This also works when talk about scenarios and the campaign. Where they have a locked view of the world. For them mods don't exist but their own local changes do. So they are a special saved game state. So if you run a GC3 campaign game Paul can change it however he would like and thats exactly how it will play, regardless of what mods are in your mod directory. You could also make a special scenario with rules just for that scenario and not worry about compatibility.

That isn't to say that being able to modify/delete at an entry level wouldn't be good. This is a first step. lets get it into mod makers hands and see where to go next.

Generally I find that the xml files get included with a save game & making changes usually needs to restart.  The only exception that I've noticed (accidentally at that) was mod some stuff> start a game> before saving alt-tab out & make more changes.  The specific thing I did this with was the bonus with some kind of ship component in 0.6x while in the designer .   I don't know if that was a fluke or just an interesting loophole.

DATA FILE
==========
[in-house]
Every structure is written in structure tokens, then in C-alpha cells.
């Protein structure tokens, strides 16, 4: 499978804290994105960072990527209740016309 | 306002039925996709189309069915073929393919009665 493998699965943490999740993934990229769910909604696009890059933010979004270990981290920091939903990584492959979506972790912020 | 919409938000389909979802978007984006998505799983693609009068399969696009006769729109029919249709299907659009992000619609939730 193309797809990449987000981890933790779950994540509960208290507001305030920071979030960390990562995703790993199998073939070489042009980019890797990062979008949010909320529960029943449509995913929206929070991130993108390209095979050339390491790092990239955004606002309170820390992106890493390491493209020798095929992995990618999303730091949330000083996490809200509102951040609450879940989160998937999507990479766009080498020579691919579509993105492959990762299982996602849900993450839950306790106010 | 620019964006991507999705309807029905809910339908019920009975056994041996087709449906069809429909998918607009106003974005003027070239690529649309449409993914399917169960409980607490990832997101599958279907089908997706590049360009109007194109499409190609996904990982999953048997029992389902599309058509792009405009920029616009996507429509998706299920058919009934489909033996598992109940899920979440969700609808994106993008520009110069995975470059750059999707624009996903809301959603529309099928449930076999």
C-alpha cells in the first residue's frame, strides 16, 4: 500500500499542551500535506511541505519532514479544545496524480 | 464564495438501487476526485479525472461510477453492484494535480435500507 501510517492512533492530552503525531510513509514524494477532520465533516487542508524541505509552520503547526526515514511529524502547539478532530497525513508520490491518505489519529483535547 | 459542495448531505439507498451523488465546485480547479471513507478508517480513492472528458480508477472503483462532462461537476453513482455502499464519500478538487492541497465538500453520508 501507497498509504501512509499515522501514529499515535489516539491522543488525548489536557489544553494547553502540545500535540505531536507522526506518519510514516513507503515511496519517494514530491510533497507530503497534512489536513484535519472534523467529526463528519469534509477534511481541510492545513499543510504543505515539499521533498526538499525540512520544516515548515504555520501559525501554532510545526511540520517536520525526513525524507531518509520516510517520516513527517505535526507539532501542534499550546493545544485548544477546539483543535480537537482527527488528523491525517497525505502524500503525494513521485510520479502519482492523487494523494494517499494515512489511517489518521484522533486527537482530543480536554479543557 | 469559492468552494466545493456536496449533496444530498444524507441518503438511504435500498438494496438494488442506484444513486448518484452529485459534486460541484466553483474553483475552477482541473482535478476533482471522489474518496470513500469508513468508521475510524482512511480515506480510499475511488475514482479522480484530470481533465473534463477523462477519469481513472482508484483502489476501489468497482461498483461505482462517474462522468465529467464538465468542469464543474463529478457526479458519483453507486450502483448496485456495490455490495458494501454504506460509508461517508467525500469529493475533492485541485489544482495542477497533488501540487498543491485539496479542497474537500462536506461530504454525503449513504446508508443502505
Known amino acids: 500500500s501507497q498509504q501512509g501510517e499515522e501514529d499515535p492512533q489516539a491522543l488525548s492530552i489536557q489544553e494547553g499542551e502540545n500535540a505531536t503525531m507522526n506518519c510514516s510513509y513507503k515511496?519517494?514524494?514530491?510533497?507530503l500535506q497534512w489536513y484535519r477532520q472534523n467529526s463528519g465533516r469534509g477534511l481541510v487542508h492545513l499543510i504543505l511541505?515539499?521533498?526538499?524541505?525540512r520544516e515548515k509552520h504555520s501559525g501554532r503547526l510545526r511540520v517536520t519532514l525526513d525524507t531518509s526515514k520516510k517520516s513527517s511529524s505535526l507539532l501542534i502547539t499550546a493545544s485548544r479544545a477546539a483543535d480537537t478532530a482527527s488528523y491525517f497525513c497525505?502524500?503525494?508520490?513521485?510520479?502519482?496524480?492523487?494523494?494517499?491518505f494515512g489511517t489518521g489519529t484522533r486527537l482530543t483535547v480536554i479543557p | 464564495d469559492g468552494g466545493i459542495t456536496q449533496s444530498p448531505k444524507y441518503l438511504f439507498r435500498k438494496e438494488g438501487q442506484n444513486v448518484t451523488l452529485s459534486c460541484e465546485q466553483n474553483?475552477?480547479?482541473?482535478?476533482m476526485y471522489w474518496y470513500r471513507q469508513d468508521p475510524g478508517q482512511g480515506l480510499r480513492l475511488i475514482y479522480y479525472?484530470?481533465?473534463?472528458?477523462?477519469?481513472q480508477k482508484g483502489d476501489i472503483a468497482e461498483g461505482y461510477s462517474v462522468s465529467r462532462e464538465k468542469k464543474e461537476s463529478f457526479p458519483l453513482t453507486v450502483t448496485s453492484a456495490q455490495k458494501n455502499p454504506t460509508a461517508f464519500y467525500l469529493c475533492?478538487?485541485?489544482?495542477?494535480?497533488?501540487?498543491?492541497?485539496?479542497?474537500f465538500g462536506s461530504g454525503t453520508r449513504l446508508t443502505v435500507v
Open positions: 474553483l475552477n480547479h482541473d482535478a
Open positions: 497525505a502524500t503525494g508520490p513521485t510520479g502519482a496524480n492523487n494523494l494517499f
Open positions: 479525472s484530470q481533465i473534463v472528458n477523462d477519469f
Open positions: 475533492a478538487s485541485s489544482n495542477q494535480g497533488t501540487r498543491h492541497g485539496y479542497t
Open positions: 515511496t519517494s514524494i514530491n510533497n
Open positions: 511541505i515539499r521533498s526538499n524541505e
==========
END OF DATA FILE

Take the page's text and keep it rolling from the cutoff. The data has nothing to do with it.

Derek Paxton

Quoting Tetrasodium,

Players have a mod manager that allows multiple mods to be loaded at the same time with an option to define which order mods are loaded in.  Since mods would theoretically (I hope) just be the bare bones of the mods themselves & define for themselves how they are to treat the original xml, almost no additional validation need be performed above the existing validation already in place.

I'm all for this. It isn't in now and probably won't be in for Beta 5. But I would love to use Steam Workshop for this where you can find, install, uninstall, enable and disable all your mods in one place.